After months of silence, Mayor Jim Tipple is speaking out about the Thomas Street road-widening project and clarifying what did and did not go wrong.
Mayor Tipple received two letters, one from the Department of Transportation (DOT) and one from the Federal Highway Administration (FHWA) on August 29th, 2012 detailing the agencies concerns about City of Wausau's alleged failure to obey federal regulations. In specific, the City's failure to appraise 10 homes before buying them, not informing the homeowners of their rights and not offering to pay relocation costs.
During a press conference on Thursday, Mayor Tipple stressed that the City did nothing wrong and that there is a good possibility they can straighten out this whole mess with the DOT and FHWA. The mayor also addressed what he considered to be some of the misinformation circulating about the project.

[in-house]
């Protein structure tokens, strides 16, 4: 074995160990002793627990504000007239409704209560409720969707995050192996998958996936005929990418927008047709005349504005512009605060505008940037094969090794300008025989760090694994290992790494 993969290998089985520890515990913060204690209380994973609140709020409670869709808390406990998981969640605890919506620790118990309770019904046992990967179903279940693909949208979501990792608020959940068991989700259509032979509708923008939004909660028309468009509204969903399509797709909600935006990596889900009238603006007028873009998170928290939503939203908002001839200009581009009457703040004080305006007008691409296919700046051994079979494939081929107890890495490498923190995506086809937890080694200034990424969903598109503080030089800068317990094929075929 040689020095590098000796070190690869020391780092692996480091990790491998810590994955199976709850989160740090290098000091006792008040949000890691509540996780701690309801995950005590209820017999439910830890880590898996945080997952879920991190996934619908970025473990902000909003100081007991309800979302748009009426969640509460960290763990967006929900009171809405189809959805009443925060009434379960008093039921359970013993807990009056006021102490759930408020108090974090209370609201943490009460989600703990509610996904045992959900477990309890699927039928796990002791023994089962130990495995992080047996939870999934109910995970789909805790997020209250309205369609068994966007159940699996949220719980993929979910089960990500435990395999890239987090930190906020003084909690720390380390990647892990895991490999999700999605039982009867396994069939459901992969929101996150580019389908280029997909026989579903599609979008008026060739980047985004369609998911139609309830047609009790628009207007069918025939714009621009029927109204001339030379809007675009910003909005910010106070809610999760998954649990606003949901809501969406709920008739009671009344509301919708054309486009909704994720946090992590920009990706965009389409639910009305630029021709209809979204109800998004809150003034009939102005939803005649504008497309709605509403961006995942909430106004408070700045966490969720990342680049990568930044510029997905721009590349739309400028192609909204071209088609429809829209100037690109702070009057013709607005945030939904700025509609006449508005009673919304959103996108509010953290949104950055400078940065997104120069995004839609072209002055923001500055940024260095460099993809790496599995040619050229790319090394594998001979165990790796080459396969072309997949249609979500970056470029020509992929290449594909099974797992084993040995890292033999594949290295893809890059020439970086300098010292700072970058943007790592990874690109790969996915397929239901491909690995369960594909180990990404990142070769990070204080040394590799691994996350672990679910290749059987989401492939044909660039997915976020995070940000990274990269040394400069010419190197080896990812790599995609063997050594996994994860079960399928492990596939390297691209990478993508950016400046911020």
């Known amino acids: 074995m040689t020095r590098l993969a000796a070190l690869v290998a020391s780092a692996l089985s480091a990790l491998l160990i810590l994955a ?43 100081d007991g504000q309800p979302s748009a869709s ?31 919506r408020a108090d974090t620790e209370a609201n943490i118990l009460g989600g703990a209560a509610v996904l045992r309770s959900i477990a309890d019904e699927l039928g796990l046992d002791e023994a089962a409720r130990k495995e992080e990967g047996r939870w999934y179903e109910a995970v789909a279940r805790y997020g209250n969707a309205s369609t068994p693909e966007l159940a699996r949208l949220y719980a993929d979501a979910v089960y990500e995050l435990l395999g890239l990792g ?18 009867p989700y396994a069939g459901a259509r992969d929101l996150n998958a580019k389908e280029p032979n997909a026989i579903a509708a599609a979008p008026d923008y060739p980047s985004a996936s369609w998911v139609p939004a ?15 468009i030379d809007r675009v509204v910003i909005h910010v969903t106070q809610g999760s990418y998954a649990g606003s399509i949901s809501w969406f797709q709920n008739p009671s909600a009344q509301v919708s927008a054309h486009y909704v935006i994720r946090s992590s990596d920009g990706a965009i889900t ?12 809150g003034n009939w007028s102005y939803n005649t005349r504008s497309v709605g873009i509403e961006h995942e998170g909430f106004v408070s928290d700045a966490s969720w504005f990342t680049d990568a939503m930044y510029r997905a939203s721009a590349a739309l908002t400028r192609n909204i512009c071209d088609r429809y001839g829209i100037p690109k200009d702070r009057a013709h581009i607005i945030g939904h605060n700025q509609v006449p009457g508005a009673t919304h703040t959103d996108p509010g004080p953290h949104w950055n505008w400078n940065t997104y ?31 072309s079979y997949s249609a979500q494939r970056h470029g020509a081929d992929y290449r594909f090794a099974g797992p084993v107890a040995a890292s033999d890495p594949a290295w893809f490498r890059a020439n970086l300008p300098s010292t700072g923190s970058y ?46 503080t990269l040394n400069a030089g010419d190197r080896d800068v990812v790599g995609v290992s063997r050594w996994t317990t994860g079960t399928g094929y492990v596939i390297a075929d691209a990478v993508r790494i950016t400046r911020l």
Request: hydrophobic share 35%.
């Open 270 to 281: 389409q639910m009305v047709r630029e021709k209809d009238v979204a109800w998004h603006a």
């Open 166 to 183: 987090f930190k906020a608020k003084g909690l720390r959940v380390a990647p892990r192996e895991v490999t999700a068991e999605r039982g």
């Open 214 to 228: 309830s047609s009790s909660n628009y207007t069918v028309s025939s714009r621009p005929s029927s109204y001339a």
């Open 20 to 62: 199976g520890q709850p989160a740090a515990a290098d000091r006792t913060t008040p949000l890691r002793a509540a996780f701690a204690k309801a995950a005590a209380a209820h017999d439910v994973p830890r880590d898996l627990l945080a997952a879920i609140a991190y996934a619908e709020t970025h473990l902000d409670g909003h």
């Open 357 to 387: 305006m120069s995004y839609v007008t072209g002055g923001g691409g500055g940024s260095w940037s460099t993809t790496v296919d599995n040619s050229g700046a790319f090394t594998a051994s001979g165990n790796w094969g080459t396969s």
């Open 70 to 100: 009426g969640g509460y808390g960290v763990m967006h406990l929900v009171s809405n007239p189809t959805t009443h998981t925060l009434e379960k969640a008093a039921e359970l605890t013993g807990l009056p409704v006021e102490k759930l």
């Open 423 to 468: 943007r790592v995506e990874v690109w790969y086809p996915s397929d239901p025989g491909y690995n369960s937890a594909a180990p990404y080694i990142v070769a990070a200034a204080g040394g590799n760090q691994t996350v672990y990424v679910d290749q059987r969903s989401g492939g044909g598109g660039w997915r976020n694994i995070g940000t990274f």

First, he said the allegations that he and other City staffers withheld information about the purchase of 10 homes along Thomas Street is completely false. Mayor Tipple told the press that all City Council members were told about the City's actions either in person or in the City minutes.
Second, the Mayor said that the project did not loose federal funding only the potential for federal funding. He added that it is a misnomer that the project would have been funded 80%by federal money. The project, if split into two separate projects, could have received a maximum of $2 million in federal money. In it's entirety the project is expected to cost $15 million, all of which will now come from the City budget.
Finally, Mayor Tipple said that all the property owners who sold their homes to the city were treated fairly.
"All sales were initiated by a willing seller. Six pieces of property were vacant. One piece of property was a vacant land. And the City paid relocation costs for two houses," Mayor Tipple said.
He added that all real-estate purchases were paid for 100% by the city using no federal money. For the time being, the City will hold off on buying other properties.
The City plans on meeting with both the DOT and the FHWA before moving forward on the project. Mayor Tipple is confident that the City will be able to work everything out with both agencies.
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